Before the Leica Q
Before the Leica Q, I have never considered owning a Leica. I have been 100% loyal to Nikon for film SLRs and DSLRs (I am now on my 4th generation – the Df), though that isn’t the case when it comes to compact cameras, where I’ve typically used Canon ultra compacts like the Canon S120. Recently I started to wonder about getting a large sensor compact camera which would be more suited to street photography than my DSLR or the Canon S120. This interest was triggered by a friend of mine purchasing a Sony RX1 which packs a full frame sensor into a relatively small package. Initially I didn’t consider the Sony due to cost – at £2,700 this was no trivial purchase and instead looked closely at the The Fujifilm X100T and Olympus OMD 5 Mk II. Both of these cameras have retro looks and plenty of external controls, which personally I prefer and were far less expensive than the Sony.
The Fujifilm X100T resembles a Leica range finder, is competitively priced and is equipped with an APS-C 16.3MP sensor, a 23mm f/2 lens (35mm equivalent) and a hybrid electronic/optical EVF. Its image processor is effective in low-light and at high ISOs and there is a well regarded film simulation mode. If you do a search for ‘best camera for street photography’ it features well and so looked like a strong contender. The OM-D E5 Mk II is a rather different camera, as it offers a choice of lenses with a 16MP Four Thirds CMOS sensor. It has an electronic EVF and is also equipped with a tilt screen, 5 axis stabilisation and environmental sealing, none of which are present on the Fujifilm. It also had its fans when it came to street photography, not least because of its tilt screen and image stabilisation. Lastly, the f2.8 APS C Ricoh GR II (one of the few fixed 28mm equivalent cameras) is also viewed by many (notably Erik Kim) as an ideal street photography camera.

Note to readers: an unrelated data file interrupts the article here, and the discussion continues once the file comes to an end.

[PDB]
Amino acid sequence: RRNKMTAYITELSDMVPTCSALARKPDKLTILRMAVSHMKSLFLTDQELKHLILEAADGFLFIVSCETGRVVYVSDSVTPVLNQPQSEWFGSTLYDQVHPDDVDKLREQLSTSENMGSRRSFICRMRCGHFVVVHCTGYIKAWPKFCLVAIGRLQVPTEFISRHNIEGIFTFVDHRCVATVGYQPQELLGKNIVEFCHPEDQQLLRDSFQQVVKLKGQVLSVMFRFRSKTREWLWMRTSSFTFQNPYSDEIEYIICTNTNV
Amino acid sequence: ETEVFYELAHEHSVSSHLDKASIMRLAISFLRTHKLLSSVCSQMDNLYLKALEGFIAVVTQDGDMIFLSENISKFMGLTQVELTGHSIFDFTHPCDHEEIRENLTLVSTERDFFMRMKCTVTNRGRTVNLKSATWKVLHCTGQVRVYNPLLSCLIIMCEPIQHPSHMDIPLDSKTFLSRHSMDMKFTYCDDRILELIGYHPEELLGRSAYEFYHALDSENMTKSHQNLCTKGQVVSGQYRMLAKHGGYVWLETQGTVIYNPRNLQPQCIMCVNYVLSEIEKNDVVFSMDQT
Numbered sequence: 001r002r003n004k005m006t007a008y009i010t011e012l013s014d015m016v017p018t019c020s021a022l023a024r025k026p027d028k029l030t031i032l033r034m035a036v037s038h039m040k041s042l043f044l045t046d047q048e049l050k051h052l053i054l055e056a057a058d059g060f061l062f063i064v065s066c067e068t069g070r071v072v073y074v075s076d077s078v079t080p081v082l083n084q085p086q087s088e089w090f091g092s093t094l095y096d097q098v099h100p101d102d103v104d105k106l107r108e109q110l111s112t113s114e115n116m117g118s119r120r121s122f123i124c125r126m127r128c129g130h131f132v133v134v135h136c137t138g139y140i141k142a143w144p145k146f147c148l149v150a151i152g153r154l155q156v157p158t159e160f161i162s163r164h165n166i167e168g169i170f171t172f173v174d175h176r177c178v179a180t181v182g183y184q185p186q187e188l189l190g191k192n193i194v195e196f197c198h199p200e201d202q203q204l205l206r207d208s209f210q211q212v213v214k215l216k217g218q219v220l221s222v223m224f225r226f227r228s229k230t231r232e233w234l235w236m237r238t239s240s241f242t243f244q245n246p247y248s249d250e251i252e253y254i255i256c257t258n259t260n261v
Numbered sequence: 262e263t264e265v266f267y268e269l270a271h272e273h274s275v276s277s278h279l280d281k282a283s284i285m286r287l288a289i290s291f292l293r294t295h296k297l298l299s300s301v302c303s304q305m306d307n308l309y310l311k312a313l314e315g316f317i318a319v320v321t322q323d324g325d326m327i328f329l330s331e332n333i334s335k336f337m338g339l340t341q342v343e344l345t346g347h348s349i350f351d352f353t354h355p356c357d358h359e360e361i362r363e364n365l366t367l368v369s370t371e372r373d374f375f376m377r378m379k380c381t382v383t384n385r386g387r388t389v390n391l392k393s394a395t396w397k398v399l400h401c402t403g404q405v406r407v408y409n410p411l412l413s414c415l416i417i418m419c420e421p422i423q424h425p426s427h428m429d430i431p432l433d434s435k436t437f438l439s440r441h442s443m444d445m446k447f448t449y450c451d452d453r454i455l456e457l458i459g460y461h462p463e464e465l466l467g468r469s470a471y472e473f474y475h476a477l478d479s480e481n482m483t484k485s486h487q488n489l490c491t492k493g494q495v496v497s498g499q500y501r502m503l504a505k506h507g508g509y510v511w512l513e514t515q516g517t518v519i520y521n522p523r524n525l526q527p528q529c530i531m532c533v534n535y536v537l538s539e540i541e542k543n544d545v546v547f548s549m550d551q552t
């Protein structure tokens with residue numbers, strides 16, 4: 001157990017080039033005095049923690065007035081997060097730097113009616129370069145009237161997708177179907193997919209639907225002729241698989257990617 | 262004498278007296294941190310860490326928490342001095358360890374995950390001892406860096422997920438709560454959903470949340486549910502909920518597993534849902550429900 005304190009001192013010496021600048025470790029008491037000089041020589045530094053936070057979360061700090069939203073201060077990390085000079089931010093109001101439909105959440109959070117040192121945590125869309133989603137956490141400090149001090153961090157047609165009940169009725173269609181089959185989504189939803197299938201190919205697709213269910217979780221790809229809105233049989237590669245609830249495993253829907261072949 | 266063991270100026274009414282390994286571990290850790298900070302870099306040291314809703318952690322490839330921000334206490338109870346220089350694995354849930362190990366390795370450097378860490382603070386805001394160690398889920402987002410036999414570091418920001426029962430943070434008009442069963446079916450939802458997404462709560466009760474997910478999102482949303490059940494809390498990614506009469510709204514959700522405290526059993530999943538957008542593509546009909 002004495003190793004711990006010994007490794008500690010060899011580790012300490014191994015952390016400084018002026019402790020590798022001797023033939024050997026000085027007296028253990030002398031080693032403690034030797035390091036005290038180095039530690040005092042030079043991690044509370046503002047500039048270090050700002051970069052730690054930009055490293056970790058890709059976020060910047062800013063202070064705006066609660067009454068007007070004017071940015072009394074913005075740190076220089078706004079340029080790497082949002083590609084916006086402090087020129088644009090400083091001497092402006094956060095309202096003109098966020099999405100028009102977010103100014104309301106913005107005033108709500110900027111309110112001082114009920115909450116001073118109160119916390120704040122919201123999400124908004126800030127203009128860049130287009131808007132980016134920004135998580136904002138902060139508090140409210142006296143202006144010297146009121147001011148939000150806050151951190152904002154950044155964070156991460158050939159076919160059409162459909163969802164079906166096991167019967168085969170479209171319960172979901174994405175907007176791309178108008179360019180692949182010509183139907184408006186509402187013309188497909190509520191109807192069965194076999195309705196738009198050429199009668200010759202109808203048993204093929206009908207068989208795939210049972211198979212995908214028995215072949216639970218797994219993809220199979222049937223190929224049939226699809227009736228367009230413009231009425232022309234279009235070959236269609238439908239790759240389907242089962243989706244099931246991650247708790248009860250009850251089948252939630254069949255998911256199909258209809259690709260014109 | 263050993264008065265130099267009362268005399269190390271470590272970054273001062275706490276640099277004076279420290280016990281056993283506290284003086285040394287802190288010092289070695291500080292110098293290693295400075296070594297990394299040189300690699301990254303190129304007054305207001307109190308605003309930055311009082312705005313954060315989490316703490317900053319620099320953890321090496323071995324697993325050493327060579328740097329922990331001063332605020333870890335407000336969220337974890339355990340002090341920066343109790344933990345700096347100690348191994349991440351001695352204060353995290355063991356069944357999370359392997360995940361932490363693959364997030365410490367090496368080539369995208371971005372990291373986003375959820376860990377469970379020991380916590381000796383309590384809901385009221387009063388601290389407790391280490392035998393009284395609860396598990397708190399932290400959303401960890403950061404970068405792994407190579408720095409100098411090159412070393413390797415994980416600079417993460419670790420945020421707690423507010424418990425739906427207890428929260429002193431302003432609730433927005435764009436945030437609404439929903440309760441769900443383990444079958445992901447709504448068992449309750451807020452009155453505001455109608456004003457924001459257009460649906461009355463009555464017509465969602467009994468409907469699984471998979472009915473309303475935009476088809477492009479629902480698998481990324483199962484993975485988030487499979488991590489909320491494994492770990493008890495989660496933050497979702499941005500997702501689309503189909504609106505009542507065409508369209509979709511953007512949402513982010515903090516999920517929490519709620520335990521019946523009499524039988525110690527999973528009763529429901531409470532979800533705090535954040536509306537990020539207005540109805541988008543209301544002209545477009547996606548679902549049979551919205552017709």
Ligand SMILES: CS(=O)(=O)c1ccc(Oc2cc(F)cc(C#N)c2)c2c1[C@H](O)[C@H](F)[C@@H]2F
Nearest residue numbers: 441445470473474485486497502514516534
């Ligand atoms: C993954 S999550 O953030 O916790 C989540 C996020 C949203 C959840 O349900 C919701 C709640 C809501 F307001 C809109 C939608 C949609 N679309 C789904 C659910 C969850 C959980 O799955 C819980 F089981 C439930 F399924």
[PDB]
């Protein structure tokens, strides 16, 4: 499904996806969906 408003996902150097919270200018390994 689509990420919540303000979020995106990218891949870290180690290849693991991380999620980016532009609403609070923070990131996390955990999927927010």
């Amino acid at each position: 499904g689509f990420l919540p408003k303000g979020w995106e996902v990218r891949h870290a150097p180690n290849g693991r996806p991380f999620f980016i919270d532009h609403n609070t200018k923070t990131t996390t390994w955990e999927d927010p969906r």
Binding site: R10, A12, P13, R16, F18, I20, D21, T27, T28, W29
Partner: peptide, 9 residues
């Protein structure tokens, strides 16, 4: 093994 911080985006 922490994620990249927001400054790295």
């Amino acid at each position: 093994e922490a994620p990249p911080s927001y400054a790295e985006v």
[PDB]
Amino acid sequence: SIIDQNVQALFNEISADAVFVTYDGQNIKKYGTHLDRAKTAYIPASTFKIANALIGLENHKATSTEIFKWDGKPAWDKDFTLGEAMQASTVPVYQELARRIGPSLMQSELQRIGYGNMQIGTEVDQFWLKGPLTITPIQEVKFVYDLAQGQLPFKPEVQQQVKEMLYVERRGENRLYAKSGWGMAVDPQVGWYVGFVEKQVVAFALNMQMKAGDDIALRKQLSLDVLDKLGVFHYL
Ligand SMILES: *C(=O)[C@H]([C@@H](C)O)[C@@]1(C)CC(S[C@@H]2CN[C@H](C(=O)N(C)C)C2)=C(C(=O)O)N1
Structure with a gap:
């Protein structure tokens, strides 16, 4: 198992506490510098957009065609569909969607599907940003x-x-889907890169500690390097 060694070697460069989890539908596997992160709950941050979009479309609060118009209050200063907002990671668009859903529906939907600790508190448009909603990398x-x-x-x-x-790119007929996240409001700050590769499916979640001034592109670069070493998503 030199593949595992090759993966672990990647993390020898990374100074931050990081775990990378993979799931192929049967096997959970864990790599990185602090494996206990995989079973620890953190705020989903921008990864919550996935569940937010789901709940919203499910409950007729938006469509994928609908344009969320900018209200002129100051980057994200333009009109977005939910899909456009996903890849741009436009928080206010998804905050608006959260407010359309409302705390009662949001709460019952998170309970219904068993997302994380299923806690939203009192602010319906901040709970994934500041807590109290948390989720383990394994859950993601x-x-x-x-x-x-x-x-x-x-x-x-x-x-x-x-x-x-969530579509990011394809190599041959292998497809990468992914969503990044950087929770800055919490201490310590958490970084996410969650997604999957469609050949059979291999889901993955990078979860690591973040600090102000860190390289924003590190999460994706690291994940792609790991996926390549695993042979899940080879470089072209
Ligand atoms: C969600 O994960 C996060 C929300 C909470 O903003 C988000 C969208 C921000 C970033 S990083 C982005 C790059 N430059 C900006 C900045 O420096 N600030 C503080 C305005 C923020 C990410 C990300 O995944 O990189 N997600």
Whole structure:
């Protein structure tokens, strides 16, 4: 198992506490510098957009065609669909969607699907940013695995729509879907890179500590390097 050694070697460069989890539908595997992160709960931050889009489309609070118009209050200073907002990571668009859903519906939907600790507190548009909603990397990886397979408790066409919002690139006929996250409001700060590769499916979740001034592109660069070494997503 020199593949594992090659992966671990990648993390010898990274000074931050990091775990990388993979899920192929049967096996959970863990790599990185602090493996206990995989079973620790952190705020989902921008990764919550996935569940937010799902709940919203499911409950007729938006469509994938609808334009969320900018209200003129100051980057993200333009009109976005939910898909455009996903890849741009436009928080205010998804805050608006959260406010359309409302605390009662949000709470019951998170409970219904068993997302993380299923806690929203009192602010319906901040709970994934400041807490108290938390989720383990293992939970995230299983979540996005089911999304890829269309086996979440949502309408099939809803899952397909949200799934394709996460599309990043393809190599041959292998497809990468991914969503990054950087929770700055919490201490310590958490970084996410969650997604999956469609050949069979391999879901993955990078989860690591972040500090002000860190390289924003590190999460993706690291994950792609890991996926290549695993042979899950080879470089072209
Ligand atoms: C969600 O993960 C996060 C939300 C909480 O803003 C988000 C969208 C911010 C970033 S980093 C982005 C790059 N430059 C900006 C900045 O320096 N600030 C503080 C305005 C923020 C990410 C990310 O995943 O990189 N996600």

Then I read started to read reviews of the Leica Q. Pocket-Lint described it as “the best fixed-lens full-frame compact ever made” but it was Craig Mod‘s blog that really got me thinking. It was a six month field test in Asia and was one of the positive and compelling reviews I have ever read of a camera.
“Make no mistake: The Q is a surgical, professional machine. It pairs best-of-class modern technology (superb autofocus, an astounding electronic view finder, workable isos up to and beyond 10,000, a fast processor, beefy sensor) with a minimalist interface packed into a small body, all swaddled in the iconic industrial design for which Leica has become famous. The result is one of the least obtrusive, most single-minded image-capturing devices I’ve laid hands on.”
“If the gf1 so many years ago set in motion an entirely new genre of camera with micro four-thirds, the Q epitomizes it. If the iPhone is the perfect everyperson’s mirrorless, then the Q is some specialist miracle. It should not exist. It is one of those unicorn-like consumer products that so nails nearly every aspect of its being — from industrial to software design, from interface to output — that you can’t help but wonder how it clawed its way from the r&d lab. Out of the meetings. Away from the committees. How did it manage to maintain such clarity in its point of view?”
I believe that in hindsight… the Leica Q will be seen as one of the greatest fixed-prime-lens travel photography kits of all time.”
After reading that review I realised I wanted a Leica Q quite badly – but at close to £3,000 could I justify the purchase? Continue reading “A Game Changing Camera: The Leica Q”